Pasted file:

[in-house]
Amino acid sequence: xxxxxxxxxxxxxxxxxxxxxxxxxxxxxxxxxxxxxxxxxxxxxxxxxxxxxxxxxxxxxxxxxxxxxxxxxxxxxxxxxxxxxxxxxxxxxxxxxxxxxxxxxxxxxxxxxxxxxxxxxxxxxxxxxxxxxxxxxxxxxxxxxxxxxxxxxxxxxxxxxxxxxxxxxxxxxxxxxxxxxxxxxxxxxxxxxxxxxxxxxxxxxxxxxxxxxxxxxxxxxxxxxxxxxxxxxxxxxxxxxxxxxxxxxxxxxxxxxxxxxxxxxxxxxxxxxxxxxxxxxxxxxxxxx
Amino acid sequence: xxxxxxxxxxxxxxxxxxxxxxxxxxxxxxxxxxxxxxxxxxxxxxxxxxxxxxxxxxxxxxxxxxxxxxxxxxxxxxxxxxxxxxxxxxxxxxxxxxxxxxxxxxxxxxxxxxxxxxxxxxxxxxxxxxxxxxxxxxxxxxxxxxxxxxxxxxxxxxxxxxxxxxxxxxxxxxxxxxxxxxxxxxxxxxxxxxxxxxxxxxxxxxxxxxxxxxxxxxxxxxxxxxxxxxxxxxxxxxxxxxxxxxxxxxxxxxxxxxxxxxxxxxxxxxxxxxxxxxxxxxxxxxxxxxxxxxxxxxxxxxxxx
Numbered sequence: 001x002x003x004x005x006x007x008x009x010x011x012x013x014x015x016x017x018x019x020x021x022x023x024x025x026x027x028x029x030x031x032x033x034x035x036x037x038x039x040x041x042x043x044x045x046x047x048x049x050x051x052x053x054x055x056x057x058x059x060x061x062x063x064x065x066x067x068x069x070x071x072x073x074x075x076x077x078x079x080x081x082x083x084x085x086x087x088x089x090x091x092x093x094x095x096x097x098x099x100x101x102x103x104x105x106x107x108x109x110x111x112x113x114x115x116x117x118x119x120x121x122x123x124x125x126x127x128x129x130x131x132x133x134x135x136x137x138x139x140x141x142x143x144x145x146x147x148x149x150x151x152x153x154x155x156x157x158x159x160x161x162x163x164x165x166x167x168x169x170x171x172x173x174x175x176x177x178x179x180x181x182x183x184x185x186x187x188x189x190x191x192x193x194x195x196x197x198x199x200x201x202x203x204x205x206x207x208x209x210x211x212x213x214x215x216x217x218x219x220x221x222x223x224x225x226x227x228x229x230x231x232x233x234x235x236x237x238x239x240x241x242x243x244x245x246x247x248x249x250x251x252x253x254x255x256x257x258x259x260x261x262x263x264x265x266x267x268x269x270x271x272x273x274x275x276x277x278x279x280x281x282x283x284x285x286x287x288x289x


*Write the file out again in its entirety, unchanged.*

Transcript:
[in-house]
Amino acid sequence: xxxxxxxxxxxxxxxxxxxxxxxxxxxxxxxxxxxxxxxxxxxxxxxxxxxxxxxxxxxxxxxxxxxxxxxxxxxxxxxxxxxxxxxxxxxxxxxxxxxxxxxxxxxxxxxxxxxxxxxxxxxxxxxxxxxxxxxxxxxxxxxxxxxxxxxxxxxxxxxxxxxxxxxxxxxxxxxxxxxxxxxxxxxxxxxxxxxxxxxxxxxxxxxxxxxxxxxxxxxxxxxxxxxxxxxxxxxxxxxxxxxxxxxxxxxxxxxxxxxxxxxxxxxxxxxxxxxxxxxxxxxxxxxxx
Amino acid sequence: xxxxxxxxxxxxxxxxxxxxxxxxxxxxxxxxxxxxxxxxxxxxxxxxxxxxxxxxxxxxxxxxxxxxxxxxxxxxxxxxxxxxxxxxxxxxxxxxxxxxxxxxxxxxxxxxxxxxxxxxxxxxxxxxxxxxxxxxxxxxxxxxxxxxxxxxxxxxxxxxxxxxxxxxxxxxxxxxxxxxxxxxxxxxxxxxxxxxxxxxxxxxxxxxxxxxxxxxxxxxxxxxxxxxxxxxxxxxxxxxxxxxxxxxxxxxxxxxxxxxxxxxxxxxxxxxxxxxxxxxxxxxxxxxxxxxxxxxxxxxxxxxx
Numbered sequence: 001x002x003x004x005x006x007x008x009x010x011x012x013x014x015x016x017x018x019x020x021x022x023x024x025x026x027x028x029x030x031x032x033x034x035x036x037x038x039x040x041x042x043x044x045x046x047x048x049x050x051x052x053x054x055x056x057x058x059x060x061x062x063x064x065x066x067x068x069x070x071x072x073x074x075x076x077x078x079x080x081x082x083x084x085x086x087x088x089x090x091x092x093x094x095x096x097x098x099x100x101x102x103x104x105x106x107x108x109x110x111x112x113x114x115x116x117x118x119x120x121x122x123x124x125x126x127x128x129x130x131x132x133x134x135x136x137x138x139x140x141x142x143x144x145x146x147x148x149x150x151x152x153x154x155x156x157x158x159x160x161x162x163x164x165x166x167x168x169x170x171x172x173x174x175x176x177x178x179x180x181x182x183x184x185x186x187x188x189x190x191x192x193x194x195x196x197x198x199x200x201x202x203x204x205x206x207x208x209x210x211x212x213x214x215x216x217x218x219x220x221x222x223x224x225x226x227x228x229x230x231x232x233x234x235x236x237x238x239x240x241x242x243x244x245x246x247x248x249x250x251x252x253x254x255x256x257x258x259x260x261x262x263x264x265x266x267x268x269x270x271x272x273x274x275x276x277x278x279x280x281x282x283x284x285x286x287x288x289x